allied powers divided the remaining provinces between them; and what remained of Poland was finally divided between the royal spoliators in 1795, who were, at that very period, protesting against the doctrines of the French Revolutionists. The champion of the Poles, on this last partition, was General Kosciusko, who, heading a small body of patriots, made a stand for the liberties of his ill-fated country, but he was defeated, wounded, and taken prisoner by the Russians. Praga, the great suburb of Warsaw, was stormed by the Russian general Suwarrow, and all the inhabitants put to the sword; Warsaw itself capitulated, and nothing was left for the Poles but absolute submission. The king of Poland, deprived of his title, subsisted at Petersburg upon a pension."- Tytler's Gen. History.

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OH! sacred Truth,' thy triumph ceased awhile
And Hope, thy sister,2 ceased with thee to smile,
When leagued oppression pour'd to northern wars
Her whisker'd pandoors and her fierce hussars,3
Waved her dread standard to the breeze of morn,
Peal'd her loud drum, and twang'd her trumpet horn:
Tumultuous horror brooded o'er her van;
Presaging wrath to Poland -and to man!


Warsaw's last champion from her height survey'd
Wide o'er the fields a waste of ruin laid,-

Oh! Heav'n-he cried,-my bleeding country save!
Is there no hand on high to shield the brave?
Yet, though destruction sweep those lovely plains,
Rise, fellow-men! our country yet remains!


By that dread name we wave the sword on high!
And swear for her to live!—with her to die!


He said, and on the rampart-heights array'd
His trusty warriors, few, but undismay'd;
Firm-paced and slow, a horrid front they form,
Still as the breeze, but dreadful as the storm;
Low, murm'ring sounds along their banners fly,
Revenge or death,—the watchword and reply;
Then peal'd the notes, omnipotent to charm,
And the loud tocsin toll'd their last alarm!

In vain, alas! in vain, ye gallant few!

From rank to rank your volley'd thunder flew :-
Oh! bloodiest picture in the book of time,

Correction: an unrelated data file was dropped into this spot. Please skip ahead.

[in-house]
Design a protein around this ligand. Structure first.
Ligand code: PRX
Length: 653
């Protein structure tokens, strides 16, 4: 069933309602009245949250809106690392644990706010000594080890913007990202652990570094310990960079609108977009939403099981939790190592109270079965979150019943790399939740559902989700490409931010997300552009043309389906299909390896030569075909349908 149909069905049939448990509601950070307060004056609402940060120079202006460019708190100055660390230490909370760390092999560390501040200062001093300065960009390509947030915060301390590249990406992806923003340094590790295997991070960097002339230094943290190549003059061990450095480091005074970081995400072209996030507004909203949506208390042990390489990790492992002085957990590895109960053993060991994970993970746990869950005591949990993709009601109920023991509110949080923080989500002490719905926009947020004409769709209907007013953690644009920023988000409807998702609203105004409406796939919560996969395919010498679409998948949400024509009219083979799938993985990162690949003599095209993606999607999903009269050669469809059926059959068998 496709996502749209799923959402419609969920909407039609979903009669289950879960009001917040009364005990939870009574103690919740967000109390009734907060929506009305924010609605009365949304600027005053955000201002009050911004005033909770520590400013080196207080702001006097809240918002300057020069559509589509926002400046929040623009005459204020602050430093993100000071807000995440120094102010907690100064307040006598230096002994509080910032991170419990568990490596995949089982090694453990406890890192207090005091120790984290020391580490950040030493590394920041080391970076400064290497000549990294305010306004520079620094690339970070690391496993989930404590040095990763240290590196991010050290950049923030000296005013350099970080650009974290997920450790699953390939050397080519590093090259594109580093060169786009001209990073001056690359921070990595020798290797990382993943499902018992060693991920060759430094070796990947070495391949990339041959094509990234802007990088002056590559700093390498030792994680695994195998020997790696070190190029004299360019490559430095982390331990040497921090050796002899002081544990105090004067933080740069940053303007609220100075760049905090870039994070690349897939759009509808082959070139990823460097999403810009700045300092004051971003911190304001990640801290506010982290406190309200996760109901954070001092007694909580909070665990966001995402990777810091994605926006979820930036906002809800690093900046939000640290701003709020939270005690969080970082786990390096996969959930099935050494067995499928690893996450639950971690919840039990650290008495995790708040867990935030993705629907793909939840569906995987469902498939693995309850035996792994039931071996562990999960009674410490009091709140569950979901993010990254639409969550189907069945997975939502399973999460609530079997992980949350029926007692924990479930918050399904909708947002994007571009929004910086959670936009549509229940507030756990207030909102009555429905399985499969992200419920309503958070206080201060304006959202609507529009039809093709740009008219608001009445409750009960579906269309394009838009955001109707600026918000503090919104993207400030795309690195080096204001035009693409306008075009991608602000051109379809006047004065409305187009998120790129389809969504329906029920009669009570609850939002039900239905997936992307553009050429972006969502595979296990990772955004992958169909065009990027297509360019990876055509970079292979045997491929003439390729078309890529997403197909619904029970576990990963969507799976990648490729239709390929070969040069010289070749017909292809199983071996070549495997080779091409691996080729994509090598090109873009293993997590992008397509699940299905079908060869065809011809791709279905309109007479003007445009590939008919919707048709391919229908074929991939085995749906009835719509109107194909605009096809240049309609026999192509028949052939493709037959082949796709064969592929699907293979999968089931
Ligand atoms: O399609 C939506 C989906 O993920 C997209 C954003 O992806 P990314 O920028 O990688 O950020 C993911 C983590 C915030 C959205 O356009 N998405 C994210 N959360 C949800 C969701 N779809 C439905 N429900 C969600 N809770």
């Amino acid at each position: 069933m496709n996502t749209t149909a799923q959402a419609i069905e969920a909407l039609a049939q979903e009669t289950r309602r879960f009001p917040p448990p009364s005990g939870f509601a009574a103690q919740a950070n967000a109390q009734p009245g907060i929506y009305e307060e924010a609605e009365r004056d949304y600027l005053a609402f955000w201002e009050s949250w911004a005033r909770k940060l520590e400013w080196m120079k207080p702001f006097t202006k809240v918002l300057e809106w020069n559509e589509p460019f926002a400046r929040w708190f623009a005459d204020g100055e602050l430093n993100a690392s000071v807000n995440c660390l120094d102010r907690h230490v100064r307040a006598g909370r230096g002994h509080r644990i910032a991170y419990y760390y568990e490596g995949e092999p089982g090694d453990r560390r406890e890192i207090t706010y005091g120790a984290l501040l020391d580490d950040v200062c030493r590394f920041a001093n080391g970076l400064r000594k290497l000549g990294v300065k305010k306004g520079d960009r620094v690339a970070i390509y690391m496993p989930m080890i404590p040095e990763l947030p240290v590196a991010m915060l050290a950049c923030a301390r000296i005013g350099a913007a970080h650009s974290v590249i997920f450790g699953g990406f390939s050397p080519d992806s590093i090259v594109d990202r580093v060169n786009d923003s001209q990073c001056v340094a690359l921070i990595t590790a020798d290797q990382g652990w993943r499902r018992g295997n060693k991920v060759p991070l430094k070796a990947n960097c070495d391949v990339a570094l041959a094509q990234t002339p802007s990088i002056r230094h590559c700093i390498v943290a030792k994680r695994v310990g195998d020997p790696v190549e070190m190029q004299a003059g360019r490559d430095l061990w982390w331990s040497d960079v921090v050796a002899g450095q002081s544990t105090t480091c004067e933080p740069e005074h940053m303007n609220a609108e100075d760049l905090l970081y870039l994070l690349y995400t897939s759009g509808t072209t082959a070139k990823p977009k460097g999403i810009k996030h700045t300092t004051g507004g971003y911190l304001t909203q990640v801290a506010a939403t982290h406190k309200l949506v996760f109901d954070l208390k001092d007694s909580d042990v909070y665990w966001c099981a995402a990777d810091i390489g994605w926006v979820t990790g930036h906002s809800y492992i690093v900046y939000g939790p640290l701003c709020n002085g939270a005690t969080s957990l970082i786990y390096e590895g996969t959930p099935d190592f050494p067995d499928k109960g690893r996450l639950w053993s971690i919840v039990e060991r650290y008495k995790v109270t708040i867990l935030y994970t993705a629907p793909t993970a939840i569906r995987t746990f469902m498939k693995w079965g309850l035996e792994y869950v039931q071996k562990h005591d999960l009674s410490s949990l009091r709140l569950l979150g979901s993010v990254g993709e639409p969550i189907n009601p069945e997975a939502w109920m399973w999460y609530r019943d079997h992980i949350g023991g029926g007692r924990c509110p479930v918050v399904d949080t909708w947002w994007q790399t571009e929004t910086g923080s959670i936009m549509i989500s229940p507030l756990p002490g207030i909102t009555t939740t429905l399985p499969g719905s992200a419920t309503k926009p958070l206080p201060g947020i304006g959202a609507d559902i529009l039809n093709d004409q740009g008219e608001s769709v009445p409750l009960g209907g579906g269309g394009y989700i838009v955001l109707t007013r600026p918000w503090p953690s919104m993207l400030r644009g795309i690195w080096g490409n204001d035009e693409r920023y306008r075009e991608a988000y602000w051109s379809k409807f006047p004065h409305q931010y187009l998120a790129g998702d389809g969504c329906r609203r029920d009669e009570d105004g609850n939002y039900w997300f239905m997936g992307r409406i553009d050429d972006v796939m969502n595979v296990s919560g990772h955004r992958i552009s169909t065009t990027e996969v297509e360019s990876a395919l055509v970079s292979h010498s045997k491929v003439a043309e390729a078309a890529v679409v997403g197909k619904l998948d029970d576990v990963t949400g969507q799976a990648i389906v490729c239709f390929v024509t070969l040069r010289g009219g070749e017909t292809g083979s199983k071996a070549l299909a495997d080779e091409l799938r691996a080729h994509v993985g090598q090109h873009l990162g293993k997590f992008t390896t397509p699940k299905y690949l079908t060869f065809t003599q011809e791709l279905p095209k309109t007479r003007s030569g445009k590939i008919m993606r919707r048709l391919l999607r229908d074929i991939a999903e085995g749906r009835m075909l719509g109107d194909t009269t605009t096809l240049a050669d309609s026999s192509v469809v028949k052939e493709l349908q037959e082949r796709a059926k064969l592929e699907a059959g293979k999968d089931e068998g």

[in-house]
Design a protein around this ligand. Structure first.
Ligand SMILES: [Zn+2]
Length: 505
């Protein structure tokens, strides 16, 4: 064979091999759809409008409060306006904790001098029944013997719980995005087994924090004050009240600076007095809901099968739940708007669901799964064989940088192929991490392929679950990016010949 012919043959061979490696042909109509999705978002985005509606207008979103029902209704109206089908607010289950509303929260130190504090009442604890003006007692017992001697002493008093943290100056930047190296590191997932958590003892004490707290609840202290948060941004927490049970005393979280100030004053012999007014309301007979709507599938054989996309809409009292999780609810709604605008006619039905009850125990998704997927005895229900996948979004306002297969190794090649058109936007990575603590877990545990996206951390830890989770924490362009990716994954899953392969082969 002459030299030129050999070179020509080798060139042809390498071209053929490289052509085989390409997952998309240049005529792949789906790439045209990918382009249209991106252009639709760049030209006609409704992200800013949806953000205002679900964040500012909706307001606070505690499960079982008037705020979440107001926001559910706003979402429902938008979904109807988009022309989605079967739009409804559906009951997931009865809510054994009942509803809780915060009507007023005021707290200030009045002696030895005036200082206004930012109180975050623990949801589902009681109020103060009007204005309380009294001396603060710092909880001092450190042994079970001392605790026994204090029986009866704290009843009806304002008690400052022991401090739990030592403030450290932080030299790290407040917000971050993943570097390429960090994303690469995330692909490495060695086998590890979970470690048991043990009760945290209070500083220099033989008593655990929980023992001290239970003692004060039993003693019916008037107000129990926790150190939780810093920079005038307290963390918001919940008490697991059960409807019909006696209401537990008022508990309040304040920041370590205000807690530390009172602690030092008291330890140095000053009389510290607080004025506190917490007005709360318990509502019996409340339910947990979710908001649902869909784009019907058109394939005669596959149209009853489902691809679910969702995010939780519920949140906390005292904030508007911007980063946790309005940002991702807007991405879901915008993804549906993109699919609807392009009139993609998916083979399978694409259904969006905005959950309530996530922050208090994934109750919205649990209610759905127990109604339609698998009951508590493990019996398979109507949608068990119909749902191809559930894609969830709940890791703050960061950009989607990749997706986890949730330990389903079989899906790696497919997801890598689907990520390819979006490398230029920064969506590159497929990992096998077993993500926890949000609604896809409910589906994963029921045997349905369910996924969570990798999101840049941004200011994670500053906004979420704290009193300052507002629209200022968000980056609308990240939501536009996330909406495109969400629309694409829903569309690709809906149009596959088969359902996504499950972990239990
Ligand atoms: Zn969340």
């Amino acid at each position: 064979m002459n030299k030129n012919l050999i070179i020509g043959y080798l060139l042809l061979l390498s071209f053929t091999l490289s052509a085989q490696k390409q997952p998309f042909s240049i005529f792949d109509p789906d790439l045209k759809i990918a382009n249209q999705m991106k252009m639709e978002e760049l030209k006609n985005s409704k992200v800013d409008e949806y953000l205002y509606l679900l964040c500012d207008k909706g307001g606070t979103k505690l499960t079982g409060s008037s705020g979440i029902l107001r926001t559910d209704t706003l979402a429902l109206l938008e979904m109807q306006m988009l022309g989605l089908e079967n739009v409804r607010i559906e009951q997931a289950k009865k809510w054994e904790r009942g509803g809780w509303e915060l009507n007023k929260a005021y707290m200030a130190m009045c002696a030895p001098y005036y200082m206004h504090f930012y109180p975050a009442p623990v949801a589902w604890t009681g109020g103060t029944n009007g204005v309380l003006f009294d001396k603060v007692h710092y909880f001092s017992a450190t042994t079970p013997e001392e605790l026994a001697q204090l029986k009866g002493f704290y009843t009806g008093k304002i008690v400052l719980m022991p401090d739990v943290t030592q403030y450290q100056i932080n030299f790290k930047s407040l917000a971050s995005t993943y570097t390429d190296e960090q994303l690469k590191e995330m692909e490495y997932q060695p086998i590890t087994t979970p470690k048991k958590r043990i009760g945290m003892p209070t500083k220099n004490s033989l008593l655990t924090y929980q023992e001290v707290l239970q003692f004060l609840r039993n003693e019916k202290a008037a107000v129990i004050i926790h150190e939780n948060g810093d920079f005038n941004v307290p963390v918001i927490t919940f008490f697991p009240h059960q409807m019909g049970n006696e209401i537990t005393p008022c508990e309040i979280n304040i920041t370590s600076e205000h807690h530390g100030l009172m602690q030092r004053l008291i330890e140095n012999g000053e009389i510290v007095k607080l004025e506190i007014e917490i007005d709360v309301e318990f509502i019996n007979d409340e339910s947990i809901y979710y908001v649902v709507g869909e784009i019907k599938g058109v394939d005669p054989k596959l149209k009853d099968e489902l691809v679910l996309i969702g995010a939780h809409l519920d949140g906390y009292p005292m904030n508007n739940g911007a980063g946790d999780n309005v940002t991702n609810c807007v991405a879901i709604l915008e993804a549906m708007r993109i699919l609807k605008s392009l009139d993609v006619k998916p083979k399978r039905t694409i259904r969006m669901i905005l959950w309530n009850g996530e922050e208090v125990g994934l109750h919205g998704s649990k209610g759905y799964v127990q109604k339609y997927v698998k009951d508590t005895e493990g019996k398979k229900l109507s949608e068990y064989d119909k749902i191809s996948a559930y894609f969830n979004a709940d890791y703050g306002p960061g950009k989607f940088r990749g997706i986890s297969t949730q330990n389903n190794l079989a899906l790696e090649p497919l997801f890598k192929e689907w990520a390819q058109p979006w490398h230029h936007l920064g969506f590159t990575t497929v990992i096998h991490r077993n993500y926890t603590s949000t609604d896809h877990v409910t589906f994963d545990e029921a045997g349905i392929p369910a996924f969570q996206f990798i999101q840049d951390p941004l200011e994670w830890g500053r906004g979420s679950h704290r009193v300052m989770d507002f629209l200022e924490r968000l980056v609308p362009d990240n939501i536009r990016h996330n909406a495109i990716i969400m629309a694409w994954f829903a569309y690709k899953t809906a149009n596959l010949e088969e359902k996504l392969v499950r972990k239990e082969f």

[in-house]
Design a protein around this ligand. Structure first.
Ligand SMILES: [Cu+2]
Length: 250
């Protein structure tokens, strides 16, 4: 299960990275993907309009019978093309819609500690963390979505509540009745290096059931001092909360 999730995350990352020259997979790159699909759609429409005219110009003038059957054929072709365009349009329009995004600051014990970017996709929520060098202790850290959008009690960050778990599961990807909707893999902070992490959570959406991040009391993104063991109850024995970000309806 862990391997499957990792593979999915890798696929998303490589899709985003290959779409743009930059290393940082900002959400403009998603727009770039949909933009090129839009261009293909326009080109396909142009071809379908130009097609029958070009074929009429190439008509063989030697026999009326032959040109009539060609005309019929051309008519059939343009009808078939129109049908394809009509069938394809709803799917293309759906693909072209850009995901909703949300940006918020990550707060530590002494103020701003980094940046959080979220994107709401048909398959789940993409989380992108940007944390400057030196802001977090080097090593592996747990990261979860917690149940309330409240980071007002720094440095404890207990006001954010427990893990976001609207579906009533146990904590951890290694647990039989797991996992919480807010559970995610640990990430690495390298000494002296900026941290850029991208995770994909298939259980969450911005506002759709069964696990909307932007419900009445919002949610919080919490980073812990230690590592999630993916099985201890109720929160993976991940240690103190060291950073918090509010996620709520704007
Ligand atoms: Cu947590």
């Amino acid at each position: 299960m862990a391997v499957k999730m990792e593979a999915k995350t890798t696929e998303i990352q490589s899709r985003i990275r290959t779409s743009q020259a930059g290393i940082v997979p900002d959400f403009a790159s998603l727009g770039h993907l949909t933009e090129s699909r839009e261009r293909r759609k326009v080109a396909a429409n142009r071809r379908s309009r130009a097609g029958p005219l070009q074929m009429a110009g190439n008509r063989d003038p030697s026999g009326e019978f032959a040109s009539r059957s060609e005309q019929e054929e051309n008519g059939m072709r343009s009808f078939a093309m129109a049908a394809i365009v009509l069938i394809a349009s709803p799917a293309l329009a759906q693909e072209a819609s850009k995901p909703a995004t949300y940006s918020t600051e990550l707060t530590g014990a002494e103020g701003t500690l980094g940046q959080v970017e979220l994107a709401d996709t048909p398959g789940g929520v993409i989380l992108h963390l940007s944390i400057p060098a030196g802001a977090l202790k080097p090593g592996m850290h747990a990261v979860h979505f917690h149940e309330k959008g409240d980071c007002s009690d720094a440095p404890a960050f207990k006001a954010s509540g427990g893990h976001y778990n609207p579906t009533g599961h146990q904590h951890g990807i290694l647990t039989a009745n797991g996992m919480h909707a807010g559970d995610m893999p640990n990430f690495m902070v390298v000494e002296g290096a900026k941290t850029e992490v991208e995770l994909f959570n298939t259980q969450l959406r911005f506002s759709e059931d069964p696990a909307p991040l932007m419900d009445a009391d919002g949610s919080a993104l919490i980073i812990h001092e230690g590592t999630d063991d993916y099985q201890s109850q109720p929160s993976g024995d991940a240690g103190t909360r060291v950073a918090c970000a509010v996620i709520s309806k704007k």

Sarmatia fell, unwept, without a crime,
Found not a generous friend, a pitying foe,
Strength in her arms, nor mercy in her woe!
Dropp'd from her nerveless grasp the shatter'd spear,
Closed her bright age, and curb'd her high career:
Hope, for a season, bade the world farewell,
And Freedom shriek'd-as KOSCIUSKO fell!

The sun went down, nor ceased the carnage there,
Tumultuous murder shook the midnight air-
On Prague's proud arch the fires of ruin glow,"
His blood-dyed waters murmuring below;
The storm prevails, the rampart yields a way,
Bursts the wild cry of horror and dismay !
Hark! as the smouldering piles with thunder fall,
A thousand shrieks for hopeless mercy call!
Earth shook-red meteors flash'd along the sky,
And conscious Nature shudder'd at the cry!

Departed spirits of the mighty dead!

Ye that at Marathon and Leuctra bled!
Friends of the world! restore your swords to man,
Fight in his sacred cause and lead the van!

Yet for Sarmatia's blood atone,

And make her arm puissant as your own!
Oh! once again to Freedom's cause return
The patriot TELL-the BRUCE of BANNOCKBURN.

1. Why sacred Truth?

2. What does the poet mean by representing Hope as the sister of Truth? 3. What are pandoors and hussars? 4. What is the correlative of her? 5. What dread name?


6. In what sense is horrid to be understood?

7. What is gained by the change from the past tense, at the former line, to the present in this?

8. Where are these two battle-fields.


"THE first Christian emperor may claim the honour of the first edict which condemned the art and amusement of shedding human blood; but this benevolent law expressed the wishes of the prince, without reforming an inveterate abuse which degraded a civilized nation below the condition of savage cannibals. Several hundred, perhaps several thousand, victims were annually slaughtered in the great cities of the empire, and the month of December, more peculiarly devoted